Sanghera spoke about the impact of empire on racism and its prevalence in society.

“To some degree, it has to do with the fact that the British empire as an institution was proudly racist.

Certain groups face more racism than others. I would say – British Hindus and British Sikhs probably face less racism than Africans and [those from the] Caribbean.

“Also, I think British Muslims face a huge amount of Islamophobia – if you have a Muslim name, your chances of getting a job are significantly less. And it’s proven that a huge number of black people who apply for the fast-track civil service scheme don’t get in. Clearly, we have issues there. We were dealing with black people in the same way in London as we were dealing with them in Kenya at the moment,” he said.

The May 6 coronation also led Sanghera to a few questions. He pointed out that the royal family decided they weren’t going to use the crown with the Koh-i-noor diamond because it was “controversial and the Indians want it back” – but added that the royals used some jewellery from South Africa, instead.

“It’s still a symbol of exploitation! You cannot ignore that history. Countries like Jamaica, Barbados or the Caribbean want to talk about the reparations and royal family doesn’t want to talk about it. The tension was so obvious, and it felt like at certain points during the coronation, it was going to kind of overflow,” Sanghera said.

Meanwhile, in British politics, Sanghera said despite a more diverse cabinet, Asianorigin politicians seemingly “can’t bring their full selves to their job” yet.

“I feel they have to play a game to go along with Conservative party politics. And if that’s the case, then we have this very depressing state of affairs. It’s depressing for me that you can get to the top in British politics nowadays if you’re brown, but only if you agree to leave everything unchanged when it comes to racism.”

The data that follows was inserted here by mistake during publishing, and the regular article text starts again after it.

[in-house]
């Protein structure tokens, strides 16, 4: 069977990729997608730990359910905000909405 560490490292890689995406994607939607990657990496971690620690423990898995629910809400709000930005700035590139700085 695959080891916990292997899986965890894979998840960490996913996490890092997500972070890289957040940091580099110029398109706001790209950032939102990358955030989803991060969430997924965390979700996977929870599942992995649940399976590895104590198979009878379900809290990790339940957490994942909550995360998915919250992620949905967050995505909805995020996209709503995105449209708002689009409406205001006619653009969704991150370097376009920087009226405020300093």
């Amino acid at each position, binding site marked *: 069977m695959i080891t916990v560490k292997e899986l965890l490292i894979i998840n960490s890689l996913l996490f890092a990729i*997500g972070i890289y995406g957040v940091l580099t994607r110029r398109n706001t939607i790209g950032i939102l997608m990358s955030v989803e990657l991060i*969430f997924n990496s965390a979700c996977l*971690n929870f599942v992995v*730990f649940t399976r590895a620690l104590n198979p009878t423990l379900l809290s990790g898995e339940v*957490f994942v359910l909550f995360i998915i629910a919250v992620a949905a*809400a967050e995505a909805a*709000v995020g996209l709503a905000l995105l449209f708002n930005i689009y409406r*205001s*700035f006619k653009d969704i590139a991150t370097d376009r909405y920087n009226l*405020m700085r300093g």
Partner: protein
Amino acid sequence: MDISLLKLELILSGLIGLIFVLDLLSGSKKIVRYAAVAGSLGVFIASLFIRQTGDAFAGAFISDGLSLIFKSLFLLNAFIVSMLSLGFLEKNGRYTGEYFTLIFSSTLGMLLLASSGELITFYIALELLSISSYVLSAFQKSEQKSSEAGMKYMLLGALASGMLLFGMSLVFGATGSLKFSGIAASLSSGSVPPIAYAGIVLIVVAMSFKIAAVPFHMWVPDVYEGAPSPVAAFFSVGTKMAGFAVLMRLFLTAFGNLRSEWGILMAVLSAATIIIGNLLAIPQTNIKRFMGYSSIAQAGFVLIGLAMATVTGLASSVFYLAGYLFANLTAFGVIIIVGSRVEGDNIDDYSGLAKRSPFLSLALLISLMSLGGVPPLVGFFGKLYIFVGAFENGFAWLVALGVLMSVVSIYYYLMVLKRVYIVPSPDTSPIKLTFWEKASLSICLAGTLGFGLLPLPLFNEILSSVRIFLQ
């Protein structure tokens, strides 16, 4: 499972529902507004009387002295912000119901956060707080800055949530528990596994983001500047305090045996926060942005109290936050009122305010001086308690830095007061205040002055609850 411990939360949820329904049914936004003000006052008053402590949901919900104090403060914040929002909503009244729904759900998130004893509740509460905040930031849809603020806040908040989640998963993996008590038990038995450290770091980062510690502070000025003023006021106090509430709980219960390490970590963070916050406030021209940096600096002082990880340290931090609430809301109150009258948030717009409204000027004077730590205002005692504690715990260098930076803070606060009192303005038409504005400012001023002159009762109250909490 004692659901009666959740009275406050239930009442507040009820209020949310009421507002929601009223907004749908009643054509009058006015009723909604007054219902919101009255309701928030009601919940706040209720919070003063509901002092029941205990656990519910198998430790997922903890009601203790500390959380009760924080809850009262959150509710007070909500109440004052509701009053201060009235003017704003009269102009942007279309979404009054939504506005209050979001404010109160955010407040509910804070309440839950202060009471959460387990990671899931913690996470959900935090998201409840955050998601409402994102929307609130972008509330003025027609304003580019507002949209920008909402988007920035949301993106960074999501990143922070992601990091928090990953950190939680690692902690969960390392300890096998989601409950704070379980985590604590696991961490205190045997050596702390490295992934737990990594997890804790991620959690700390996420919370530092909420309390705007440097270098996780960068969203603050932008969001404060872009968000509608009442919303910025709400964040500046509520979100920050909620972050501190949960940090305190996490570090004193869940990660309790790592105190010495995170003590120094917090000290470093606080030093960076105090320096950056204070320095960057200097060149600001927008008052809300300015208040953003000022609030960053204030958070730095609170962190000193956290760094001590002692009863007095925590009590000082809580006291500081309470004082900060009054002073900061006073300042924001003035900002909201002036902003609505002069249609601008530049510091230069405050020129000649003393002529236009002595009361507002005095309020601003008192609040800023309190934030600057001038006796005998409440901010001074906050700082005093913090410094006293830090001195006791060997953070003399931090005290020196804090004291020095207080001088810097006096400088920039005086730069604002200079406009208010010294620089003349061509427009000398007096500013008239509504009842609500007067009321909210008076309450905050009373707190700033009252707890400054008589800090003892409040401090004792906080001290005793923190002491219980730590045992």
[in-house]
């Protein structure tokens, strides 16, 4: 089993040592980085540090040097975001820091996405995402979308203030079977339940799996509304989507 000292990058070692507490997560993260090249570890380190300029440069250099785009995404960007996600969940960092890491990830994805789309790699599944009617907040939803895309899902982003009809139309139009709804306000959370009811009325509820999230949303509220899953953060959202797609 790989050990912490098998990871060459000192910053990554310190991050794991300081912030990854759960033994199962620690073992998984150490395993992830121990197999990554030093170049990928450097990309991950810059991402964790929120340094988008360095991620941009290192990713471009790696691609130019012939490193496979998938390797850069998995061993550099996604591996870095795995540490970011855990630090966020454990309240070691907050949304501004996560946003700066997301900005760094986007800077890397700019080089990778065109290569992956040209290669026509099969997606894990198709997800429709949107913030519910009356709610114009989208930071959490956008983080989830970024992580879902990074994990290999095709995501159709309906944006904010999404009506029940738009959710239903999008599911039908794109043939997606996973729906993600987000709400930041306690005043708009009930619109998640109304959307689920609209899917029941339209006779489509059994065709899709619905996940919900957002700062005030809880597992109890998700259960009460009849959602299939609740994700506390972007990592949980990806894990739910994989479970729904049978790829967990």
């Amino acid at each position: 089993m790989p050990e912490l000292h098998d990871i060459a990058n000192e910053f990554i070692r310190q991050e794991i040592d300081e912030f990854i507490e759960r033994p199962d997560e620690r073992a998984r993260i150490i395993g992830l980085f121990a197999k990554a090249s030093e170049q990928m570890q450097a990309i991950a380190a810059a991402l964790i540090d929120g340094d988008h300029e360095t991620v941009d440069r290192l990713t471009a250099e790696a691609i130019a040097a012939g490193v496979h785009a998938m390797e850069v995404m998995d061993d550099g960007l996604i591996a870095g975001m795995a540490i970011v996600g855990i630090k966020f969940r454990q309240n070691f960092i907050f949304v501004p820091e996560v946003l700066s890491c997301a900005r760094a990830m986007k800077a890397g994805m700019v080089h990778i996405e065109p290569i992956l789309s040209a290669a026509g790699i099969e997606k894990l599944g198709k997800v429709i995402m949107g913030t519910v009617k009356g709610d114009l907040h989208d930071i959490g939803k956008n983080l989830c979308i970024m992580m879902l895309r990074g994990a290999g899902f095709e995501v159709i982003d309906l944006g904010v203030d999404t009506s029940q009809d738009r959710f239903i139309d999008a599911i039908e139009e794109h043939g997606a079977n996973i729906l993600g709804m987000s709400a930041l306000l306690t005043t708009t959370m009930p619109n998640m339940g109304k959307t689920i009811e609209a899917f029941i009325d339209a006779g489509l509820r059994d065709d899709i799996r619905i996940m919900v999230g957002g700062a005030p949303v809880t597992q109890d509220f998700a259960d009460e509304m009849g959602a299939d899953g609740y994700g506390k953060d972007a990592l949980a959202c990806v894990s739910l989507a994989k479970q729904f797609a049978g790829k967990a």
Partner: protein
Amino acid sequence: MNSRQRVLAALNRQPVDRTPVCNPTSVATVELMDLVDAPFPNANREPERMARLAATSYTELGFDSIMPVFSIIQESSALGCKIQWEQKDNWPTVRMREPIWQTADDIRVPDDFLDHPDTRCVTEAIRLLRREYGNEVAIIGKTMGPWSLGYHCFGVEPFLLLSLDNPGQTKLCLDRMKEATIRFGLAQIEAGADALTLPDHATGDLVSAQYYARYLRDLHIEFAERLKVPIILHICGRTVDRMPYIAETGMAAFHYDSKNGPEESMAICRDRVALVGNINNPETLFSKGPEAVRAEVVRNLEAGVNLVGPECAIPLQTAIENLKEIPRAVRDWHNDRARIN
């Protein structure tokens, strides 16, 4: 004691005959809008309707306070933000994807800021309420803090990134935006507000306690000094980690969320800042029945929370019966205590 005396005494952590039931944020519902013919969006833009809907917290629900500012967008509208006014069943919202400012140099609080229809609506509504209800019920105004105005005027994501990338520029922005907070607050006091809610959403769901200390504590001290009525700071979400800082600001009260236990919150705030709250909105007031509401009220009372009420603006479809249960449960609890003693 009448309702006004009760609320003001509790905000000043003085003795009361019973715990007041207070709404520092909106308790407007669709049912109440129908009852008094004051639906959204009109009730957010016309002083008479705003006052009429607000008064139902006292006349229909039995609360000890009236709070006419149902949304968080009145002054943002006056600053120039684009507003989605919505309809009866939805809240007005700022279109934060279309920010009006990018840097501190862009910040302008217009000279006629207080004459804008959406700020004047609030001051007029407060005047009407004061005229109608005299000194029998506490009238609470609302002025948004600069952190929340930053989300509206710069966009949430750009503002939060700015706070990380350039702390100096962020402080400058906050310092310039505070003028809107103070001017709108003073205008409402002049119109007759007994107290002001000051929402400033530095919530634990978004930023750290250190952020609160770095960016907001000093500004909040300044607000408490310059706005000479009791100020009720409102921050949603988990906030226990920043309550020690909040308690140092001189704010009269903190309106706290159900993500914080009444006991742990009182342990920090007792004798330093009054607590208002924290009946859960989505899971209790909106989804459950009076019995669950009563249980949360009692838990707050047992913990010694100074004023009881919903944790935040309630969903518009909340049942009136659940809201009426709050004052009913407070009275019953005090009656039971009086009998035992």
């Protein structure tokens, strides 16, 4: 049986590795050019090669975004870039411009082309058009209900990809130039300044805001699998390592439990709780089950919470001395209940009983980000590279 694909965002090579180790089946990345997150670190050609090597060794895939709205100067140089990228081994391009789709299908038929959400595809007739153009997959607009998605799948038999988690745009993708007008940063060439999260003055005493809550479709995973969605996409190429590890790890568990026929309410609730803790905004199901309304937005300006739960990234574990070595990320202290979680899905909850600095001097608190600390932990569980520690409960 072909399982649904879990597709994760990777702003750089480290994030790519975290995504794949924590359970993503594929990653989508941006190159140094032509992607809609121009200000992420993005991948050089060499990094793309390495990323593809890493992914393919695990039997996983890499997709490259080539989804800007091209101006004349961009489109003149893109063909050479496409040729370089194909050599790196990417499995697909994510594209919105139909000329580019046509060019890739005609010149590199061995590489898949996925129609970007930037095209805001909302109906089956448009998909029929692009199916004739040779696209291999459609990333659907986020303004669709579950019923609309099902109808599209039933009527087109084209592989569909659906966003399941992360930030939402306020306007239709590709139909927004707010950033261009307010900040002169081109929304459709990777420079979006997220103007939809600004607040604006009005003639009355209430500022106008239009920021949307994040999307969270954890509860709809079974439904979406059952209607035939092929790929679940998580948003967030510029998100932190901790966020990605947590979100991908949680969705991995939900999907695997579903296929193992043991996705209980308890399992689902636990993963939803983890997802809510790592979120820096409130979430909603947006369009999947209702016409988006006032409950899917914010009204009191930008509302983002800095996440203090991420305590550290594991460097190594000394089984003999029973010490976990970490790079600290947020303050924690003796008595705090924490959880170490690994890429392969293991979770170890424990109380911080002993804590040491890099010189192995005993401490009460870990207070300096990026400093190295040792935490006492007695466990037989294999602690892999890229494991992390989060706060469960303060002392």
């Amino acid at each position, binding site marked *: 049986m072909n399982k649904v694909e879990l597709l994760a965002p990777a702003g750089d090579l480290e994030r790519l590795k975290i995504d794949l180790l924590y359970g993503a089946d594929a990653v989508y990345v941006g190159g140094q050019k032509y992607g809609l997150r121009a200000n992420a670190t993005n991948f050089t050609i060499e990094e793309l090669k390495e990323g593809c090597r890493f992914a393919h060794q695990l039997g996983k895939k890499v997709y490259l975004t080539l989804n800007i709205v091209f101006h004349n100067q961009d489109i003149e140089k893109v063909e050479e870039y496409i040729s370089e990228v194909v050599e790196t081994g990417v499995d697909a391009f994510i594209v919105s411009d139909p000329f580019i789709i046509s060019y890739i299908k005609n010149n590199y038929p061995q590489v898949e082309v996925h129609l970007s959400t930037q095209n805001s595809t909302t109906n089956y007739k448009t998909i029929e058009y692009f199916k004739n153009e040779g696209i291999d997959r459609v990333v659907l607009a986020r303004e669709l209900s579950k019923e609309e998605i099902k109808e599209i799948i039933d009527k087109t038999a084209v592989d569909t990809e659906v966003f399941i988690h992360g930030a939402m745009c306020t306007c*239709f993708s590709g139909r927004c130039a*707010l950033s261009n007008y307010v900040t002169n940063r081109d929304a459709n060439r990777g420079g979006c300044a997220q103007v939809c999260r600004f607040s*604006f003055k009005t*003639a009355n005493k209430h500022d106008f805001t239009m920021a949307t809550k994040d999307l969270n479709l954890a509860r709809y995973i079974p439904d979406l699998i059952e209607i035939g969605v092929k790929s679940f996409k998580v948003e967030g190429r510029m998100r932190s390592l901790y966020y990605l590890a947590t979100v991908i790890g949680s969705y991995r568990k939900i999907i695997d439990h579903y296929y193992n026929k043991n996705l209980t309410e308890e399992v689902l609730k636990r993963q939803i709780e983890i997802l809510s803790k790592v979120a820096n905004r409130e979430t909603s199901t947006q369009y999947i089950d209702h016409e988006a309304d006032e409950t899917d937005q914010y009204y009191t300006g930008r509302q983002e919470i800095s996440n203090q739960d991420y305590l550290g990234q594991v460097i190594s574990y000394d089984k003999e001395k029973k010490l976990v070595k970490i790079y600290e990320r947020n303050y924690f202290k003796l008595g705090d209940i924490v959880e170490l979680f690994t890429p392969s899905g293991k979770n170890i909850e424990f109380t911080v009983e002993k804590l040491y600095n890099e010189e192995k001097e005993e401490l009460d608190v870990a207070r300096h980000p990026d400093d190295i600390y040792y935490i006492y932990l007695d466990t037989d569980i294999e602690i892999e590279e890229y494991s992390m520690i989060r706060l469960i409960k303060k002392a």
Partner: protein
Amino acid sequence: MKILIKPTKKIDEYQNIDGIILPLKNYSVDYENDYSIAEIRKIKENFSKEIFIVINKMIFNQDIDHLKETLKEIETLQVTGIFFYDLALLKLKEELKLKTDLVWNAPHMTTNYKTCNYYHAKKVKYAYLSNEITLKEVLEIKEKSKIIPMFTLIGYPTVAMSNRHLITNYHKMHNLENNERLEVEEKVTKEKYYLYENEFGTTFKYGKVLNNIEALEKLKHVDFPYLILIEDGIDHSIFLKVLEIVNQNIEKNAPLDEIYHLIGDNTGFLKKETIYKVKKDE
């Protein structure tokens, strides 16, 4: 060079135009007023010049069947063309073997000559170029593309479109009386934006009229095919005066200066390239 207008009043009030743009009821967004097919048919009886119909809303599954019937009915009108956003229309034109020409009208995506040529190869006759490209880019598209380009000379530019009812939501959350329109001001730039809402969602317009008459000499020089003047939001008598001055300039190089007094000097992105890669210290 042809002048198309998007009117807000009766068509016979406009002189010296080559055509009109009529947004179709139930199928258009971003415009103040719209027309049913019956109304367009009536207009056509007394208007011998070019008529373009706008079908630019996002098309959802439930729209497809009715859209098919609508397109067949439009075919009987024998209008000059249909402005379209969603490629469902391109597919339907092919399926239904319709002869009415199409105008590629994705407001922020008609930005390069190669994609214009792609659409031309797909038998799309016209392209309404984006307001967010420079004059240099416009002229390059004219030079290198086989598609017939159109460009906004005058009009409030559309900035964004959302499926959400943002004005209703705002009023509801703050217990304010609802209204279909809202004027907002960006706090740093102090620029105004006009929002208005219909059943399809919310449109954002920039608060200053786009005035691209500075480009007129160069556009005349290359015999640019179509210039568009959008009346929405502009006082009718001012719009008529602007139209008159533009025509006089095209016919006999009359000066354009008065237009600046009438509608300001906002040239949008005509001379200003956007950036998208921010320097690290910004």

He, however, conceded he did not think he would see an Asian prime minister in his lifetime. “So I do think we’ve got to applaud the fact that it’s happened. It’s still a good thing that we have a more diverse cabinet.”

Discussing ways to move forward, Sanghera said making changes in the curriculum would not have much of an effect “because kids are educating themselves through podcasts anyway”.

He added, “I would love to see Britain engaging positively with the Caribbean countries about reparations. They’ve made the request in 2013 and we still have not really responded to them.

LEAD Sathnam Sanghera INSET Book cover 1 9780241623435

“We need to engage if we’re trying to redefine our role in the world after Brexit. We need to engage with Barbados, Jamaica and Ethiopia about loot. We need to engage with India about some aspects of colonialism. I would like to see a change in the way we deal with the world, because that itself would change the way we deal with this issue again.”

Sanghera has one more book in the pipeline, after which he is considering taking a break from this “stressful subject”.

“I feel that I’ve been reading a lot of history books, and I’m becoming a worse writer. I want to be creative, and I’d like to do some creative writing again,” he said. “I need to stop at some point – it’s a very stressful subject to talk about and also because I get so many trolls and threats.

“I get trolled quite a lot on social media; I get a lot of angry letters. I actually have more or less stopped doing events in Britain because people sometimes shout and hurl abuses at me during such occasions. All this stresses me out.”

Despite being an “overwhelming, controversial and stressful” subject, Sanghera said talking and writing about colonialism has given him “a real sense of purpose”.

“When I started writing this, I did it for myself. I just wanted to learn about it. And now Empireland is used as a teaching resource in lots of schools. I have conversations with former prime ministers about this. I have lectured diplomats and government departments. I know there’s huge demand for this, because the level of knowledge is quite low.

“Even though it comes at a personal cost to me, I feel like it really matters and I am making a difference. And that’s what keeps me going,” he said.